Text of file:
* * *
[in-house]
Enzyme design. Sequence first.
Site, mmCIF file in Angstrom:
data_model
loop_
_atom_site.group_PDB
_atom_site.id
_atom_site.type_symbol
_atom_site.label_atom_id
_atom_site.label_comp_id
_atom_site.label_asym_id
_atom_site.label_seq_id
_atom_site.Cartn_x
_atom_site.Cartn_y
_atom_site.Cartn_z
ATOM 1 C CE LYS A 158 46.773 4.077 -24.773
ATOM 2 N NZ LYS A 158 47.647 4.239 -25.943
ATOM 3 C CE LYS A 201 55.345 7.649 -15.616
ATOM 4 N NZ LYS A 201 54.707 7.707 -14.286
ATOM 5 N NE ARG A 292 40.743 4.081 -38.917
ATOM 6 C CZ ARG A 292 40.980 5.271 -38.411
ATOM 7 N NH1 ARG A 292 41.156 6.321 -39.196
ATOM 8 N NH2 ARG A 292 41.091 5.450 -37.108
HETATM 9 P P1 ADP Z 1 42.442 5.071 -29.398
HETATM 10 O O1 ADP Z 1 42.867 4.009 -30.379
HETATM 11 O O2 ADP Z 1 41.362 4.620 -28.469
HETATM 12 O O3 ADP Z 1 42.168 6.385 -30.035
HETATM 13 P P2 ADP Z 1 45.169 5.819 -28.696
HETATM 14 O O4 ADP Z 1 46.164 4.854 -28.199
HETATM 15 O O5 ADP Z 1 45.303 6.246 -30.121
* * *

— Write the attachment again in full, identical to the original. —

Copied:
[in-house]
Enzyme design. Sequence first.
Site, mmCIF file in Angstrom:
data_model
loop_
_atom_site.group_PDB
_atom_site.id
_atom_site.type_symbol
_atom_site.label_atom_id
_atom_site.label_comp_id
_atom_site.label_asym_id
_atom_site.label_seq_id
_atom_site.Cartn_x
_atom_site.Cartn_y
_atom_site.Cartn_z
ATOM 1 C CE LYS A 158 46.773 4.077 -24.773
ATOM 2 N NZ LYS A 158 47.647 4.239 -25.943
ATOM 3 C CE LYS A 201 55.345 7.649 -15.616
ATOM 4 N NZ LYS A 201 54.707 7.707 -14.286
ATOM 5 N NE ARG A 292 40.743 4.081 -38.917
ATOM 6 C CZ ARG A 292 40.980 5.271 -38.411
ATOM 7 N NH1 ARG A 292 41.156 6.321 -39.196
ATOM 8 N NH2 ARG A 292 41.091 5.450 -37.108
HETATM 9 P P1 ADP Z 1 42.442 5.071 -29.398
HETATM 10 O O1 ADP Z 1 42.867 4.009 -30.379
HETATM 11 O O2 ADP Z 1 41.362 4.620 -28.469
HETATM 12 O O3 ADP Z 1 42.168 6.385 -30.035
HETATM 13 P P2 ADP Z 1 45.169 5.819 -28.696
HETATM 14 O O4 ADP Z 1 46.164 4.854 -28.199
HETATM 15 O O5 ADP Z 1 45.303 6.246 -30.121